A story in the Fairfax media – The Age and Sydney Morning Herald – last Monday with the headline Older Homeowners Staying Put Making Houses Scarcer for Young Families has received an angry response from many older people who say they feel insulted and demeaned. COTA has had phone calls and emails urging us to take action and many have written to the papers expressing their concerns about what they see as an increase in ageist reporting by Fairfax journalists.
COTA has noticed an increase in ageist stereotyping in the media. Most readers of Fairfax are over 55 years so we ask why are they alienating their own readers?
Kerrie summed it up when she wrote to us yesterday:
I am becoming more and more concerned about the subtle ageist messages that currently pervade the language of our media and our political spokespeople. I refer to such phrases such as ‘the problem of our ageing population’, ‘the cost of our ageing population’ etc. and many others that in our daily commentary peddle the idea that people over 50 are a burden who are somehow taking up too much room on the planet who should just move over or check out. I am a healthy 58year old who does many hours of voluntary work in addition to providing child care for my grandchild. I still provide a home for two adult children. My friends are similar and yet we are being made to feel more and more that we are not living productively or meaningfully and that some of our rightful choices deserve to be challenged.
I refer you to today’s Fairfax article whose very headline confers blame for a problem on older people who have the temerity to remain in their family home – OLDER HOMEOWNERS STAYING PUT MAKING HOUSES SCARCER FOR YOUNG FAMILIES. The article quotes an ‘explosive’ new report that finds a huge build up of households like the featured 92 year old’s who chooses to live with paid help in the family home her husband built 52 years ago. The inference throughout is that our choice to stay in our family homes in the communities we have spent our young years building and sustaining selfishly locks out younger people who want to come and live in the places we made attractive in the first place. One of the authors, Dr. Bob Birrell says we ‘are not making way for young people’. The article omits to mention any statistic about how many older family homes in middle suburbs have been lost to the developer’s wrecking ball to make way for the townhouses and apartments which the piece claims do not suit the needs of families. In my street alone there are at least a dozen family homes and their yards that have been made unavailable to families because of multi-unit development. Surely this is making a contribution to the loss of backyards for the children too so why lay the blame solely on us? I would willingly bet that when 92 year-old Winifred Hirst does move on there’s a good chance it will be the developers and their money bags that remove even her family home. It will unlikely be available for mum, dad, the kids and a dog and their hopes of building a cubby, growing some decent trees, playing a bit of backyard cricket and drying their washing on a clothes line. How will that be Mrs. Hirst’s fault, or mine when I move from my family home?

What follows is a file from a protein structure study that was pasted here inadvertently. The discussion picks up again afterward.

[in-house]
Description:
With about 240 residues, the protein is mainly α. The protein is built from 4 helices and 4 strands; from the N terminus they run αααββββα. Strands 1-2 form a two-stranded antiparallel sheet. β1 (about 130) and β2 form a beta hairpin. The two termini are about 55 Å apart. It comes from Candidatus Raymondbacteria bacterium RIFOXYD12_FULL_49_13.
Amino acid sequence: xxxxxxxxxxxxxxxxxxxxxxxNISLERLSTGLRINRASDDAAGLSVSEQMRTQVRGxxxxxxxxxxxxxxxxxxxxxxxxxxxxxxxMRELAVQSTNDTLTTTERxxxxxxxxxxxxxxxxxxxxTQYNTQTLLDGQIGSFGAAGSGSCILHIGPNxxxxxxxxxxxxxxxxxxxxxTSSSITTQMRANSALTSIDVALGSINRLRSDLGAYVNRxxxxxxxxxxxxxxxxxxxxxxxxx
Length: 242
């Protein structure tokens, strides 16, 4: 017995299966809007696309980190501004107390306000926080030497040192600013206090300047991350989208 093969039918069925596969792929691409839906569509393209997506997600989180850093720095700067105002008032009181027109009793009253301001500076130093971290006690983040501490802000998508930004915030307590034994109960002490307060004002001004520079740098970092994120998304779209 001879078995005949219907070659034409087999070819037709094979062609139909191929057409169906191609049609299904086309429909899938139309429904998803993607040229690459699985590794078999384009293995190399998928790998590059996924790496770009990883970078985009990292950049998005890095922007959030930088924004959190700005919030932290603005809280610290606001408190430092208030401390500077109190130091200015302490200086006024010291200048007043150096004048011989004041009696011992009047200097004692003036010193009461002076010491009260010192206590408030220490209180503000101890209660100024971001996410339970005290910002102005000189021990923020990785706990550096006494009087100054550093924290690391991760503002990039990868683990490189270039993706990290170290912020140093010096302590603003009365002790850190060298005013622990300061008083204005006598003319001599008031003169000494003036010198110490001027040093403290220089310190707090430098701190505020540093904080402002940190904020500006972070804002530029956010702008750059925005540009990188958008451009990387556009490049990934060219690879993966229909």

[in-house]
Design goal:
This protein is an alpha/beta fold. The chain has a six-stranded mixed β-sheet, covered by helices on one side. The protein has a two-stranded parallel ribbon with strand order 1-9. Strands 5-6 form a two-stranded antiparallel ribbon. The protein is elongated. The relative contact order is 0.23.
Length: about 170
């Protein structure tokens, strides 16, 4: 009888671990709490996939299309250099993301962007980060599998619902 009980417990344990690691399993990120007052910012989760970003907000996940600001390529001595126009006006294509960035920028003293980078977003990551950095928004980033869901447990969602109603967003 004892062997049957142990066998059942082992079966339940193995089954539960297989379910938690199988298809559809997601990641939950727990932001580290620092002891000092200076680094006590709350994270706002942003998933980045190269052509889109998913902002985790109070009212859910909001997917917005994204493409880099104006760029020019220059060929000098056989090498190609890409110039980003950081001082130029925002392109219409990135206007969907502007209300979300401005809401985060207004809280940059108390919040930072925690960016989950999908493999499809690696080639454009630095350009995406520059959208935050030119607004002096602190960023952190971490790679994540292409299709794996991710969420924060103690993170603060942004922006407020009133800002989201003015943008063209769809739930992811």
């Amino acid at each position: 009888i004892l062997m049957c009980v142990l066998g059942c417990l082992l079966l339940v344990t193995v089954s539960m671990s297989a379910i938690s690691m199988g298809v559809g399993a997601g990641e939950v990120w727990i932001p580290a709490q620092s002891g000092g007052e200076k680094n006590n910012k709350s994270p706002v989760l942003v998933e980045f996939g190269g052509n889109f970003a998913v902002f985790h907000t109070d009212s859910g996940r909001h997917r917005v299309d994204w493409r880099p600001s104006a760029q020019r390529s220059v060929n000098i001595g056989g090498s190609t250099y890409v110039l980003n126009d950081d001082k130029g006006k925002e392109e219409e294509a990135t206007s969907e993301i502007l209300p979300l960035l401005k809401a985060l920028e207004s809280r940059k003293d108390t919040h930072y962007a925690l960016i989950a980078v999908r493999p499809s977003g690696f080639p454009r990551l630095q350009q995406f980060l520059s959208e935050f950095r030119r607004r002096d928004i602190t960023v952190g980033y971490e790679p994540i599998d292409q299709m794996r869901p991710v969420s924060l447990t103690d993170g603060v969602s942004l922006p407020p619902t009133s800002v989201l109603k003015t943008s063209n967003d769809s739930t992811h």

And then the clincher for me – the heading above the map showing the suburbs in which we older family home owners choose to stay – “HOGGED BY THE OVER 50’s”. What a disgusting inference – that living in my own family home is greedy, selfish and unworthy.
I have given up writing to Fairfax. They never respond and my ageing old crone’s grizzling won’t change their reporting style anyway. This article is however just an example of a broader ideology that I feel is creeping into our society. I hope it is organisations such as yours that has the voice of advocacy I think people in my demographic are really going to need if ageism and its pedlars are to be curtailed.
Regards and thanks for being there,